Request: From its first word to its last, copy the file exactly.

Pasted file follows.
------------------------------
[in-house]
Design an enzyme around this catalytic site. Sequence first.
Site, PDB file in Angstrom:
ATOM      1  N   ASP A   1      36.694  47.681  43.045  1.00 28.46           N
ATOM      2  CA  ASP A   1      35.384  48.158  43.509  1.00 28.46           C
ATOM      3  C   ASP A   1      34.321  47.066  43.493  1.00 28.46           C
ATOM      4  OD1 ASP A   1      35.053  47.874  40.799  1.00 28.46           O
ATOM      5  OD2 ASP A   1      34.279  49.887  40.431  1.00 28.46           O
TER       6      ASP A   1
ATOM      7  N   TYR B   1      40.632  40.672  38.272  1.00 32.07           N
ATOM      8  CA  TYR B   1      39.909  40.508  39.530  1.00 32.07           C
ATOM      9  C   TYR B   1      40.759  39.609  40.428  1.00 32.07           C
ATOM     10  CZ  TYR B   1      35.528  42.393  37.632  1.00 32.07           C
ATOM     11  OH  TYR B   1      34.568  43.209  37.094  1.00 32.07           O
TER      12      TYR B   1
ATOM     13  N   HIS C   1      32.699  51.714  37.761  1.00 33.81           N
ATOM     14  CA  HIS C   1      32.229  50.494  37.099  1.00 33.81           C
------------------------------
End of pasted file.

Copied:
[in-house]
Design an enzyme around this catalytic site. Sequence first.
Site, PDB file in Angstrom:
ATOM      1  N   ASP A   1      36.694  47.681  43.045  1.00 28.46           N
ATOM      2  CA  ASP A   1      35.384  48.158  43.509  1.00 28.46           C
ATOM      3  C   ASP A   1      34.321  47.066  43.493  1.00 28.46           C
ATOM      4  OD1 ASP A   1      35.053  47.874  40.799  1.00 28.46           O
ATOM      5  OD2 ASP A   1      34.279  49.887  40.431  1.00 28.46           O
TER       6      ASP A   1
ATOM      7  N   TYR B   1      40.632  40.672  38.272  1.00 32.07           N
ATOM      8  CA  TYR B   1      39.909  40.508  39.530  1.00 32.07           C
ATOM      9  C   TYR B   1      40.759  39.609  40.428  1.00 32.07           C
ATOM     10  CZ  TYR B   1      35.528  42.393  37.632  1.00 32.07           C
ATOM     11  OH  TYR B   1      34.568  43.209  37.094  1.00 32.07           O
TER      12      TYR B   1
ATOM     13  N   HIS C   1      32.699  51.714  37.761  1.00 33.81           N
ATOM     14  CA  HIS C   1      32.229  50.494  37.099  1.00 33.81           C